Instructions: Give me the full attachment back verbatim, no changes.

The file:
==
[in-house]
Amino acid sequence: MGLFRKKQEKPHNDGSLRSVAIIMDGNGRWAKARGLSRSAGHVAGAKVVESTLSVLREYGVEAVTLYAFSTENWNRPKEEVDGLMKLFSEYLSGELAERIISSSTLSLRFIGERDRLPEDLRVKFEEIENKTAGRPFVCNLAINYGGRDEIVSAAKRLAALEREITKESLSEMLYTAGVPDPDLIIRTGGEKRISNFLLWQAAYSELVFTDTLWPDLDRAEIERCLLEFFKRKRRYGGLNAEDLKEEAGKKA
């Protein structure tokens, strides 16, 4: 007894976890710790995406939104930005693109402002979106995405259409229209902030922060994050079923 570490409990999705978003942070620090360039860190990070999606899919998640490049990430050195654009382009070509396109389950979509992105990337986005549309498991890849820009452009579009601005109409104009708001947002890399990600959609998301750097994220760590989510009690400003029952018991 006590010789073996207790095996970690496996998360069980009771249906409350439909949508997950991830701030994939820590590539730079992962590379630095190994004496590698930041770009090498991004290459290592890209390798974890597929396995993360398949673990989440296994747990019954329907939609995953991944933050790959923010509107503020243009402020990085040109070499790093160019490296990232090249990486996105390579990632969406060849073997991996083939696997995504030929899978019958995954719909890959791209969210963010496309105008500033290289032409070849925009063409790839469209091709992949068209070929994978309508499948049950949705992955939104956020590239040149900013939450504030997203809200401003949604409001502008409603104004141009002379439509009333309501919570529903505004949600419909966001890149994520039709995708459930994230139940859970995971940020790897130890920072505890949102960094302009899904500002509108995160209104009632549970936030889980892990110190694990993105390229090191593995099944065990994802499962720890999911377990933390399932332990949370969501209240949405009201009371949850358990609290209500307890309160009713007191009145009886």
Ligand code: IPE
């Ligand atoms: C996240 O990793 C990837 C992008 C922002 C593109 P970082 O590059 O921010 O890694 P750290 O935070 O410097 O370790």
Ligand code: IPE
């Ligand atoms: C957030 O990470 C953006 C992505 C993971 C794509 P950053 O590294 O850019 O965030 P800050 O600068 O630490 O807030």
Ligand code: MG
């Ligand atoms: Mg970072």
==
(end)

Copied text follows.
[in-house]
Amino acid sequence: MGLFRKKQEKPHNDGSLRSVAIIMDGNGRWAKARGLSRSAGHVAGAKVVESTLSVLREYGVEAVTLYAFSTENWNRPKEEVDGLMKLFSEYLSGELAERIISSSTLSLRFIGERDRLPEDLRVKFEEIENKTAGRPFVCNLAINYGGRDEIVSAAKRLAALEREITKESLSEMLYTAGVPDPDLIIRTGGEKRISNFLLWQAAYSELVFTDTLWPDLDRAEIERCLLEFFKRKRRYGGLNAEDLKEEAGKKA
């Protein structure tokens, strides 16, 4: 007894976890710790995406939104930005693109402002979106995405259409229209902030922060994050079923 570490409990999705978003942070620090360039860190990070999606899919998640490049990430050195654009382009070509396109389950979509992105990337986005549309498991890849820009452009579009601005109409104009708001947002890399990600959609998301750097994220760590989510009690400003029952018991 006590010789073996207790095996970690496996998360069980009771249906409350439909949508997950991830701030994939820590590539730079992962590379630095190994004496590698930041770009090498991004290459290592890209390798974890597929396995993360398949673990989440296994747990019954329907939609995953991944933050790959923010509107503020243009402020990085040109070499790093160019490296990232090249990486996105390579990632969406060849073997991996083939696997995504030929899978019958995954719909890959791209969210963010496309105008500033290289032409070849925009063409790839469209091709992949068209070929994978309508499948049950949705992955939104956020590239040149900013939450504030997203809200401003949604409001502008409603104004141009002379439509009333309501919570529903505004949600419909966001890149994520039709995708459930994230139940859970995971940020790897130890920072505890949102960094302009899904500002509108995160209104009632549970936030889980892990110190694990993105390229090191593995099944065990994802499962720890999911377990933390399932332990949370969501209240949405009201009371949850358990609290209500307890309160009713007191009145009886």
Ligand code: IPE
């Ligand atoms: C996240 O990793 C990837 C992008 C922002 C593109 P970082 O590059 O921010 O890694 P750290 O935070 O410097 O370790």
Ligand code: IPE
């Ligand atoms: C957030 O990470 C953006 C992505 C993971 C794509 P950053 O590294 O850019 O965030 P800050 O600068 O630490 O807030």
Ligand code: MG
């Ligand atoms: Mg970072």